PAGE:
Book Review — With the Flying Squadron: The Letters of Harold Rosher

With The Flying Squadron: The War Letters of Harold Rosher by Harold Rosher is a collection of war letters from Rosher to his family. Rosher was a pilot in the Royal Naval Air Service from 1914-1916 when he died in an aircraft accident over Dover.

This is a short collection of letters of less than one hundred pages. Rosher applied and for and received a commission and trained as a pilot at the outbreak of WWI. His letters are to his parents and sister and reflect the day to day of a naval pilot. Part of the uniqueness of this collection is that Rosher flew for the Royal Navy Air Service. Rather than the dogfights over the trenches, Rosher flew anti-zeppelin and anti-submarine missions. He details his bombing raids and following his letters are the official Royal Navy reports on the missions.

Although not rich in military details or aircraft specifications, this is a serviceman’s experience in war. A personal view of the war and a very unexpected ending. Rosher died three days after the last letter in an aircraft accident.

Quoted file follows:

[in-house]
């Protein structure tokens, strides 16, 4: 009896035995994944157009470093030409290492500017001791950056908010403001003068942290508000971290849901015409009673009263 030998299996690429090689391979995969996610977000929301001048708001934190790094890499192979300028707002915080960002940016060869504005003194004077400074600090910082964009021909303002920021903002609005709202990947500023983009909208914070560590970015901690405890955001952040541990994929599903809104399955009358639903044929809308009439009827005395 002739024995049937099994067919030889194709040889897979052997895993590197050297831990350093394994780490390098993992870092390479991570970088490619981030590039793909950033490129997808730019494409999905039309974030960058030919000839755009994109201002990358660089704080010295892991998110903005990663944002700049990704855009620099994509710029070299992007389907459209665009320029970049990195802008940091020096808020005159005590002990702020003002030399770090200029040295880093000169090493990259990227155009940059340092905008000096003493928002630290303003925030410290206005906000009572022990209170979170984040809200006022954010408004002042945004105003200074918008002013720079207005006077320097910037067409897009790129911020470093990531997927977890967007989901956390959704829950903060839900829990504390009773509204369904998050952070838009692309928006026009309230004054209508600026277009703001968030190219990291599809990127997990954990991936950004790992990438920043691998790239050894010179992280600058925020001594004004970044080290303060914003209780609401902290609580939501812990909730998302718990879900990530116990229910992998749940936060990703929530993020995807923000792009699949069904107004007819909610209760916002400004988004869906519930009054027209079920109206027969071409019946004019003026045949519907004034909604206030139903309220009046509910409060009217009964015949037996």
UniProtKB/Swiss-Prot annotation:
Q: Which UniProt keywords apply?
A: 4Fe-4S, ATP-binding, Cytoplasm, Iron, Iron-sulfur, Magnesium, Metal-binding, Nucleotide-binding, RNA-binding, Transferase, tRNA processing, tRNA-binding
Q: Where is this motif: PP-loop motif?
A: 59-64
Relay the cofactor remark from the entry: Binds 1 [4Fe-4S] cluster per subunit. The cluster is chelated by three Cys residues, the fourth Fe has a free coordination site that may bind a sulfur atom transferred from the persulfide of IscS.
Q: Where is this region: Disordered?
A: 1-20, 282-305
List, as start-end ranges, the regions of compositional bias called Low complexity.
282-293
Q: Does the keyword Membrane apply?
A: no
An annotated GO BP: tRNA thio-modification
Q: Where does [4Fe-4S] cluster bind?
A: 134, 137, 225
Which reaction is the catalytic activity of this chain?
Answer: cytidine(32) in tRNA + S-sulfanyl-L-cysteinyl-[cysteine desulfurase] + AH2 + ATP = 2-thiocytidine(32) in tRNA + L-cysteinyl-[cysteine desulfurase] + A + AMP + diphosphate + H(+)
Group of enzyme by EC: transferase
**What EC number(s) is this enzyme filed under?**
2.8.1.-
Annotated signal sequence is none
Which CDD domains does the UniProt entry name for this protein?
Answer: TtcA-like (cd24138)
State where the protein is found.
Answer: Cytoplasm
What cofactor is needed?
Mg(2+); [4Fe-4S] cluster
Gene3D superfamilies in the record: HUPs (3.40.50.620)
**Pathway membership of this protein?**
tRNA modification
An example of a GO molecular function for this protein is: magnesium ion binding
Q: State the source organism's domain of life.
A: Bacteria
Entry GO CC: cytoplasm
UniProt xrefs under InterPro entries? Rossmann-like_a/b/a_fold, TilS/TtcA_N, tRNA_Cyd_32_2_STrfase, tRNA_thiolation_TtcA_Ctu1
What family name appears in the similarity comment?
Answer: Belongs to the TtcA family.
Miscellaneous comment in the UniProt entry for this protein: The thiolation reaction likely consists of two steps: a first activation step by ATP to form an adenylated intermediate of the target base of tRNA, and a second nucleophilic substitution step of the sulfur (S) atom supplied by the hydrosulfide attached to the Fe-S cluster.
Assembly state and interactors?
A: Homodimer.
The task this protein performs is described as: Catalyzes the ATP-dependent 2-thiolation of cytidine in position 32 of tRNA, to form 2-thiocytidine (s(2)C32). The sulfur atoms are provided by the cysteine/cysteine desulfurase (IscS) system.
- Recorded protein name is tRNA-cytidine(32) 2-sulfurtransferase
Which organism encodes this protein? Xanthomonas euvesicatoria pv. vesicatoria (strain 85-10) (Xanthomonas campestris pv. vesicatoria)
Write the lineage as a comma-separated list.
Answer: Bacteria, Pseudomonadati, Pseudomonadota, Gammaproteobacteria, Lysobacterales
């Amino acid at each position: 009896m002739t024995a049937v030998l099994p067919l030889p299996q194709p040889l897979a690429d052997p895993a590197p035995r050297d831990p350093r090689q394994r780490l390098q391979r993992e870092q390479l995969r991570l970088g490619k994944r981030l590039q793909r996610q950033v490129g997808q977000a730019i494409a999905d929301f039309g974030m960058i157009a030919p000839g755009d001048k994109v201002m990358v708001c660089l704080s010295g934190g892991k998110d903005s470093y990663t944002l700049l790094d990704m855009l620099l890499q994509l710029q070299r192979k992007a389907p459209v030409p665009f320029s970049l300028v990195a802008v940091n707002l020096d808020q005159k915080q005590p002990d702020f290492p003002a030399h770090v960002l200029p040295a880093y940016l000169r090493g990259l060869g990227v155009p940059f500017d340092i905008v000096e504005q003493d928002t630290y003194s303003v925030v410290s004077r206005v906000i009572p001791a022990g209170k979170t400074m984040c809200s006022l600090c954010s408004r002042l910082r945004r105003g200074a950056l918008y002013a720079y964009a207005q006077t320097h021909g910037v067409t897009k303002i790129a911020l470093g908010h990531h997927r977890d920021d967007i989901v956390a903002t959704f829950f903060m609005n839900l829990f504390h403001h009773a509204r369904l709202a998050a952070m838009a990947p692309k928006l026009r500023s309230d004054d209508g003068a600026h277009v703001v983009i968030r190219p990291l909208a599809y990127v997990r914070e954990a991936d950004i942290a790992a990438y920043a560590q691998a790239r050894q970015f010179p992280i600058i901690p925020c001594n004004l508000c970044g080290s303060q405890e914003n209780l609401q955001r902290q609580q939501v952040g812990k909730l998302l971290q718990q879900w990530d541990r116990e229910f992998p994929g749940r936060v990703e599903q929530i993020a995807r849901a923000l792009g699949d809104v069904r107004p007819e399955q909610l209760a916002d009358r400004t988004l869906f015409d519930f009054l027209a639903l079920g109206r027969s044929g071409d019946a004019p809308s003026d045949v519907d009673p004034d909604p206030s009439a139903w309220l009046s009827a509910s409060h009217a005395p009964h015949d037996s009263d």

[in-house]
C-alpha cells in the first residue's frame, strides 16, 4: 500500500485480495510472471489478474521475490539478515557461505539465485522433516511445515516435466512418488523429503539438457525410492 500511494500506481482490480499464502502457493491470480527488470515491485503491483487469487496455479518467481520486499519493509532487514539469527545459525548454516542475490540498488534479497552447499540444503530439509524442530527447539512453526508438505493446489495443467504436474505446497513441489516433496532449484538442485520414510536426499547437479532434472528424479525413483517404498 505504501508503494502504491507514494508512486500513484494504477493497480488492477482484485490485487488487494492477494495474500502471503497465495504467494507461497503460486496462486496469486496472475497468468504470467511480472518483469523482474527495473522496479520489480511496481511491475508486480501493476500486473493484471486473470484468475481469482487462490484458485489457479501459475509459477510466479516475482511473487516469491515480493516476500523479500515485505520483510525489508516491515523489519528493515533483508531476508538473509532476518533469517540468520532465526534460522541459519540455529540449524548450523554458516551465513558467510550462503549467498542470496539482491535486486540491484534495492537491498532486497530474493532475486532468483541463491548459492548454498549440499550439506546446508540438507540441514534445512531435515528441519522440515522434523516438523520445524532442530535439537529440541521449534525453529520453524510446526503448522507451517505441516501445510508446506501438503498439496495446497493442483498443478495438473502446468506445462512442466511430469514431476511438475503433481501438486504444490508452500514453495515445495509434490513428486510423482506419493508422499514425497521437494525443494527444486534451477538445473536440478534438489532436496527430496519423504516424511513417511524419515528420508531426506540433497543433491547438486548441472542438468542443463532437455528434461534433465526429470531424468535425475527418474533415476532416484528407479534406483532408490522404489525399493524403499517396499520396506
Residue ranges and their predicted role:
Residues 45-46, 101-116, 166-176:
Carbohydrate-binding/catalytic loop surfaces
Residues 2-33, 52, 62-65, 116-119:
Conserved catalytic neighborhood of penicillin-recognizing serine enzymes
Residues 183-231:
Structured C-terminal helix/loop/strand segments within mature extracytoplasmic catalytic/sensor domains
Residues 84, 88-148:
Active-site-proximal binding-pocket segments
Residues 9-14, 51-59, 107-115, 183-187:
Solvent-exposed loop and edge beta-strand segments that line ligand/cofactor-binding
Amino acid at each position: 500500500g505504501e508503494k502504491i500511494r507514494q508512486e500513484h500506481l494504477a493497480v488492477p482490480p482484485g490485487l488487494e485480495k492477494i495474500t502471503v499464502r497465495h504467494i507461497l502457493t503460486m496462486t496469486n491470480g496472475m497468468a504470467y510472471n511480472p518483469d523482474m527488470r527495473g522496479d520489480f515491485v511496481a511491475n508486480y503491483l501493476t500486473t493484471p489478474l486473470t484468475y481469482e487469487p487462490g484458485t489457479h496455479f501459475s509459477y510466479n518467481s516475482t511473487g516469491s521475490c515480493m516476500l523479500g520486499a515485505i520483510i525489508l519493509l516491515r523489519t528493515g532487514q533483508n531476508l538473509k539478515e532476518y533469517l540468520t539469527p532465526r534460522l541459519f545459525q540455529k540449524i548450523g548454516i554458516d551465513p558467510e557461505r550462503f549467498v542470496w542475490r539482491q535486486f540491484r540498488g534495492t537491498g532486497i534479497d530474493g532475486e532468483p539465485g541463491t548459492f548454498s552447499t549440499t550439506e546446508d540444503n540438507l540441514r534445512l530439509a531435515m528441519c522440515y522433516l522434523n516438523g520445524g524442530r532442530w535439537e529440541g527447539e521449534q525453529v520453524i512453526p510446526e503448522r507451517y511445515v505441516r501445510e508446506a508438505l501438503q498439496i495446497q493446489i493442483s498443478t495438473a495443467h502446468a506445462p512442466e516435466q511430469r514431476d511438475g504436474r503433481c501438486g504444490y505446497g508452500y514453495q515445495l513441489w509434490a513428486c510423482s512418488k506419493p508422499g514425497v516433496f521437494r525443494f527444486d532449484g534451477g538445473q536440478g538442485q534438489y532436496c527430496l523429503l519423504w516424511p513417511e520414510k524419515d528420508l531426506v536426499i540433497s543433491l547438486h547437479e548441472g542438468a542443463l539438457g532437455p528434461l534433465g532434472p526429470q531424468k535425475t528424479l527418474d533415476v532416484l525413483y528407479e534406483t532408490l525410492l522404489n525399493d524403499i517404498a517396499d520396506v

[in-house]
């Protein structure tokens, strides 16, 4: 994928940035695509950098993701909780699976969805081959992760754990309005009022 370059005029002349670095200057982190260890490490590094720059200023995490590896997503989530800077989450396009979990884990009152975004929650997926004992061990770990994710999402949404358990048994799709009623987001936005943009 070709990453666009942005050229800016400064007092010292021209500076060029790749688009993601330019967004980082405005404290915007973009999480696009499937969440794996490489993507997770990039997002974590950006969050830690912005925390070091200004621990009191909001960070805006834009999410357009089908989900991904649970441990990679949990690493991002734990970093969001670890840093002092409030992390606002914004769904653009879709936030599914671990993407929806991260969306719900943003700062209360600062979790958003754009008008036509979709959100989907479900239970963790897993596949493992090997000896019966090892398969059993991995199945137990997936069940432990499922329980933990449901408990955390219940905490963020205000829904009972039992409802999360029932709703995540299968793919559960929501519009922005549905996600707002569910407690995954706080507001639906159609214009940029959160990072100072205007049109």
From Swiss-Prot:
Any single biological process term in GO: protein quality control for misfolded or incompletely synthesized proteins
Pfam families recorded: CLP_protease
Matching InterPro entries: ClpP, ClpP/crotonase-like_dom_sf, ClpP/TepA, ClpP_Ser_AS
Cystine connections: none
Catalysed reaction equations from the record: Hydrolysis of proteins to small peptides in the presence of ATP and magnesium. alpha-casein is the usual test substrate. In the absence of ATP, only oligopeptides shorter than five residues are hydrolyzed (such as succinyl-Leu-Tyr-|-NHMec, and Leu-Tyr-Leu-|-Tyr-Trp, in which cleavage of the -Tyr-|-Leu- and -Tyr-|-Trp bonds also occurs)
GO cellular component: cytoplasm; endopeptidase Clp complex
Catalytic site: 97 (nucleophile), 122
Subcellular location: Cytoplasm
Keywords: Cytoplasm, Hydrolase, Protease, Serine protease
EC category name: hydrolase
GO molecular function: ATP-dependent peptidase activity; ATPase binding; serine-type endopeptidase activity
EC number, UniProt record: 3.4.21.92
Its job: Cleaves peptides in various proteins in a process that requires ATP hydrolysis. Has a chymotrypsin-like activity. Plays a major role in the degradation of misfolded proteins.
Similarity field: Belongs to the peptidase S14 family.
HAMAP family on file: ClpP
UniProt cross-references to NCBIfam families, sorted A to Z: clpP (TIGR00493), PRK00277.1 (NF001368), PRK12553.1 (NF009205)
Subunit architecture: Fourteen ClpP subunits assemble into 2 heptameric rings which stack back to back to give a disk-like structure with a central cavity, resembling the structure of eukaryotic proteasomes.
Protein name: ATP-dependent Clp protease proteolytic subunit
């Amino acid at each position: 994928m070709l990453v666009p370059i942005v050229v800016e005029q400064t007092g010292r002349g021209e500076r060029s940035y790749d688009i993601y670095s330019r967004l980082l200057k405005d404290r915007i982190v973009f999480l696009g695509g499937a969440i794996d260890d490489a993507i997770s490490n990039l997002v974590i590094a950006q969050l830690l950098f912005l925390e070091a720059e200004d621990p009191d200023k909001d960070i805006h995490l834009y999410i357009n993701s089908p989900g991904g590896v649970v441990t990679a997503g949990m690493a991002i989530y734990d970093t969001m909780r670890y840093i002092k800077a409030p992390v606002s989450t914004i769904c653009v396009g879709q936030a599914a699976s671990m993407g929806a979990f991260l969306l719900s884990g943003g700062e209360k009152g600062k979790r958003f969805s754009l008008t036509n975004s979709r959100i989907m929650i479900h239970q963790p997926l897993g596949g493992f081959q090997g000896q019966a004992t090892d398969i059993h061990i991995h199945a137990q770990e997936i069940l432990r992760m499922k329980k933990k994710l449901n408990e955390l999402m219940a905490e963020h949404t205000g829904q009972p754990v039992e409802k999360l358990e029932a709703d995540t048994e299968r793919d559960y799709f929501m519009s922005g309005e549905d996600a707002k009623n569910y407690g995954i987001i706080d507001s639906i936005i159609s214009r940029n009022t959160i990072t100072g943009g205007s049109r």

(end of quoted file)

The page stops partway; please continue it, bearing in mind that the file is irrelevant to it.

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One response to “Book Review — With the Flying Squadron: The Letters of Harold Rosher

  1. Sounds so much like Antoine de St-Exupery!! Saint-Exupéry was a successful commercial pilot before World War II, working airmail routes in Europe, Africa and South America. He is best remembered for his novella The Little Prince (Le Petit Prince) and for his lyrical aviation writings, including Wind, Sand and Stars and Night Flight. He disappeared over the Mediterranean on a reconnaissance mission in July 1944, and is believed to have died at that time. Fascinating resemblance here!!

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